Save Yourself the Worry
Tips on how to limit wasteful rumination and inaction.
When I was working in my first-ever job after graduation, I was made to believe that whatever good or bad things happened to my assigned segment was all of my accountability. If the case studies that we want to feature suddenly backed out, it’s my fault. If the van driver needed for the shoot was late because of the traffic, it’s my fault. If our wardrobe manager was not able to pull out the right costumes and clothes, it’s my fault. If our location manager was not able to find a good location for our shoot, it’s my fault. If our resource person was late for an interview because of his/her other commitments, it’s my fault.
In short, I should take full responsibility for almost everything. With the same scenario day in and day out, things changed. I started worrying about everything — the weather, the traffic, other people’s commitments, other people’s standard of work, and many more. Rather than enjoying the present moment at work, my ‘once’ passionate self became tired and burnout.
Rather than being proactive, I became reactive. As a person who values good work ethics, I know that this was not good and healthy.
I must say that this bad habit of mine is a little tricky to let go of. Even after more than a year of leaving my old job, I still can’t help but worry about everything in my environment. When things didn’t go as planned, I became anxious as I don’t want to be out of control of the things I’m managing and the people I’m working with.
Later on, I’ve learned about the “Circles of Control” while listening to a podcast. This is adapted from Stephen Covey’s Circle of Influence and Control. Basically, this concept states that there are three spheres: circle of concern, circle of influence, and circle of control. It’s very helpful to learn about the said spheres to “limit wasteful rumination and inaction.”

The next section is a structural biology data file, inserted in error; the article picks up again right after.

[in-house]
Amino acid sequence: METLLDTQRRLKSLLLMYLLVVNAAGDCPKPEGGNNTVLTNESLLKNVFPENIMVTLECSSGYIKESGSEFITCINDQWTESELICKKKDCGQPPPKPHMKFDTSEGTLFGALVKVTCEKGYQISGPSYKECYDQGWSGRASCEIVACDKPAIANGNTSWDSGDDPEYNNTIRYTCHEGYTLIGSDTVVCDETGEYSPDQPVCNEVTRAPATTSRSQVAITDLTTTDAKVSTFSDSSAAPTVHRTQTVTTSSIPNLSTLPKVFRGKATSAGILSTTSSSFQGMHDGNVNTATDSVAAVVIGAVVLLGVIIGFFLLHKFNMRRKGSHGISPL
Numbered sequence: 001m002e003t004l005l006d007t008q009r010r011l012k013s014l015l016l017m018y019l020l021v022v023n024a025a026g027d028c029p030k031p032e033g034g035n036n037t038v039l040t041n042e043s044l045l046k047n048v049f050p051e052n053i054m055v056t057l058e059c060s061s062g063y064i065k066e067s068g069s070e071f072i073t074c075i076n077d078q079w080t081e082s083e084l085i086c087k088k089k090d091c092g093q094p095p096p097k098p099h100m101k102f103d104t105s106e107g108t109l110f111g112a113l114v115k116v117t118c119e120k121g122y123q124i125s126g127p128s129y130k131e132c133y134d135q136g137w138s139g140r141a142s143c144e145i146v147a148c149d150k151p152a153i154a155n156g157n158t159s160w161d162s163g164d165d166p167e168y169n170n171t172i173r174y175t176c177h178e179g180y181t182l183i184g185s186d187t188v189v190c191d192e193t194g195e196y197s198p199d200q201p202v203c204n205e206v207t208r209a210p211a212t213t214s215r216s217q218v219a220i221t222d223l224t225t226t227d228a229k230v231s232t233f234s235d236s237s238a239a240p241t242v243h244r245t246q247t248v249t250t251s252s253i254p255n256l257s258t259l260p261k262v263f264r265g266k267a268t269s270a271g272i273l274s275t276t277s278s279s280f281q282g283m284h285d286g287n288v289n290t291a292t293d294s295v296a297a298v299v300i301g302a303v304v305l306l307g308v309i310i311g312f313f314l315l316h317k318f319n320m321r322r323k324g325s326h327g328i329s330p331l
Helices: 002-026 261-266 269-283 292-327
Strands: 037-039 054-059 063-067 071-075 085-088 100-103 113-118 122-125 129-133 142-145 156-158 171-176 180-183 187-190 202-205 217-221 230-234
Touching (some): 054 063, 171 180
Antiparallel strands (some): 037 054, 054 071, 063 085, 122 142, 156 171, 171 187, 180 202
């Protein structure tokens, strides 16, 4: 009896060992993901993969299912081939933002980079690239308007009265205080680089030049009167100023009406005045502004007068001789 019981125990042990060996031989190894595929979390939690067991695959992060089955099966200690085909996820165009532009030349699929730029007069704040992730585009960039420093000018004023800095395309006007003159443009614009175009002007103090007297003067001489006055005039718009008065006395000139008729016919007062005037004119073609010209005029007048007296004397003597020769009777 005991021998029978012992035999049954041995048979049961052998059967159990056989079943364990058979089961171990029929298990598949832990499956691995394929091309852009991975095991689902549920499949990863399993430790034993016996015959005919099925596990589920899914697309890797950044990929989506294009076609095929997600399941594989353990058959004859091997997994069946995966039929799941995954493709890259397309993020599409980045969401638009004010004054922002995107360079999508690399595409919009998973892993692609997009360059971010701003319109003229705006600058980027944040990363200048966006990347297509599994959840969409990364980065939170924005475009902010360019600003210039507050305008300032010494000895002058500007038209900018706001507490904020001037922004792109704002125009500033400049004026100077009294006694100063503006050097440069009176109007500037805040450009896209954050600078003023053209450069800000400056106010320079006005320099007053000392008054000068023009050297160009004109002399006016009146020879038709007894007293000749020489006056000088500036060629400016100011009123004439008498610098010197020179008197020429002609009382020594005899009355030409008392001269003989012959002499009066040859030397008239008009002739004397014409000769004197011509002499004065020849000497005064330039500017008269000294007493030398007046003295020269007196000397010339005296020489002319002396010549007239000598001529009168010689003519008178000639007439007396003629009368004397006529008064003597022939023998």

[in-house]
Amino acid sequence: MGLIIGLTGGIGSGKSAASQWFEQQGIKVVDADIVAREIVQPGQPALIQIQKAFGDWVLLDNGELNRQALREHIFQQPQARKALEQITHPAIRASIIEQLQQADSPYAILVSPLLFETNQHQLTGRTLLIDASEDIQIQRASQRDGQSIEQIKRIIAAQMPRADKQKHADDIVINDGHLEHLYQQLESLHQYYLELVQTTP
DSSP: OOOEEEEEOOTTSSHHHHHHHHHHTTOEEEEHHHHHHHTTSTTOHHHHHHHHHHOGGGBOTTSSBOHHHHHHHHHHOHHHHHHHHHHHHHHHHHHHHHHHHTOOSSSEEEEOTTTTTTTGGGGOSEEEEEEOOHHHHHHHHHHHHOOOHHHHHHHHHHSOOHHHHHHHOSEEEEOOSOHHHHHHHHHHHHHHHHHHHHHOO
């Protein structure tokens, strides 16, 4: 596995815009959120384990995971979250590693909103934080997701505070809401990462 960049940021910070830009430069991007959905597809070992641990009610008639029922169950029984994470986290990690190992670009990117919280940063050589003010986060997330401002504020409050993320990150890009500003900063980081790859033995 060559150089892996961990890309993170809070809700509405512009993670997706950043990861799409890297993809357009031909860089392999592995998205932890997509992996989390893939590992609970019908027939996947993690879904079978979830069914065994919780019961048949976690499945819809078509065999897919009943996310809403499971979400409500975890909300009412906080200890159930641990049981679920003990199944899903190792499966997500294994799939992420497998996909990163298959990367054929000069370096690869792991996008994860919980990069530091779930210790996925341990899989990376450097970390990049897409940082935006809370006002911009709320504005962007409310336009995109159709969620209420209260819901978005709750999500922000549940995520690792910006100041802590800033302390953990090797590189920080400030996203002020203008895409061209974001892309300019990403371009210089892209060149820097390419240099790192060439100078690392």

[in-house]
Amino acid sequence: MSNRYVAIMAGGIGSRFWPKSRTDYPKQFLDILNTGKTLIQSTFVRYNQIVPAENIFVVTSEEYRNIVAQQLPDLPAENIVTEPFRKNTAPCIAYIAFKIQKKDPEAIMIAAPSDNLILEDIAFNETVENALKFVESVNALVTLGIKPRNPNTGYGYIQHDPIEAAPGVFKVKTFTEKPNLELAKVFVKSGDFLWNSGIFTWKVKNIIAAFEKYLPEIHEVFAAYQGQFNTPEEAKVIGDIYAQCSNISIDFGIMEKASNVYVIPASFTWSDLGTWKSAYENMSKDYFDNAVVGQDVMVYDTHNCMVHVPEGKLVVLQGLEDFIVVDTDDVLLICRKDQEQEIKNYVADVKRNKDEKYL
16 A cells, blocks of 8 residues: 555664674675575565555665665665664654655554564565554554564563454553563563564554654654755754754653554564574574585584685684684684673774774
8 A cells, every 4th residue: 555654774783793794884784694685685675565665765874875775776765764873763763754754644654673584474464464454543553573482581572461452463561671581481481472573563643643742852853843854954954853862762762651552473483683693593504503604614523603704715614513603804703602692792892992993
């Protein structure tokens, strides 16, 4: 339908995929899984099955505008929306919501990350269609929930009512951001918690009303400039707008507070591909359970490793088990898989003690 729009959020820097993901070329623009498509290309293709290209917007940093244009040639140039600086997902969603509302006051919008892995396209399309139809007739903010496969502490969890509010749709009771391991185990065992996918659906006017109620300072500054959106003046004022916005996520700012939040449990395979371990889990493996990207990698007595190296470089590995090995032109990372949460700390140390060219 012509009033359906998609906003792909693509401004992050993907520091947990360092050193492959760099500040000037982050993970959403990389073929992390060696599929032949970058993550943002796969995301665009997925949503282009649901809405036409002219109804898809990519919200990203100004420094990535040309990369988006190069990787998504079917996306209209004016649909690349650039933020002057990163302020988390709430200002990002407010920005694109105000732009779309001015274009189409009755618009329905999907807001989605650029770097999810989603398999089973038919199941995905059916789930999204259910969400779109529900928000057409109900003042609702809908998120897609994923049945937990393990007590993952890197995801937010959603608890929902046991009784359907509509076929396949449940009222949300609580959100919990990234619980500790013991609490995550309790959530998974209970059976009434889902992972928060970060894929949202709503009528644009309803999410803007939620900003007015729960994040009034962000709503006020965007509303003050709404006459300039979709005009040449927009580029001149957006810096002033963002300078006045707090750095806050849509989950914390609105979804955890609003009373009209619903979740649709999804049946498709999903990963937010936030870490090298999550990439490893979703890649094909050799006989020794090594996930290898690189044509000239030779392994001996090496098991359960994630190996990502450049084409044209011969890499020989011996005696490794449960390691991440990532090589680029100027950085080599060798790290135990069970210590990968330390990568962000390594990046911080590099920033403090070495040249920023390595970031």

Indeed, as much as there are a lot of things going on around us, we can only do so much as human beings. Therefore, we must focus and attention to the things that we can control and influence. As my favorite content creator “Aileen Xu” always says, “Wherever our attention goes, our energy flows.”
To save yourself the worry, here are the practical things that you can do:
- When facing a challenge, assess the situation and the environment around.
- Ask yourself if you can do something about it or if you can somehow influence it.
- If your answer is ‘no’, let go of it.
- Focus your attention on the things you can directly control, the present moment. Let go of the past and do not overthink the future.
There’s heavy traffic, can you do something to control or influence it? Tomorrow will be a rainy day, can you do something to control or influence it? If no, stop worrying now. There is no value in spending any more time thinking about these things.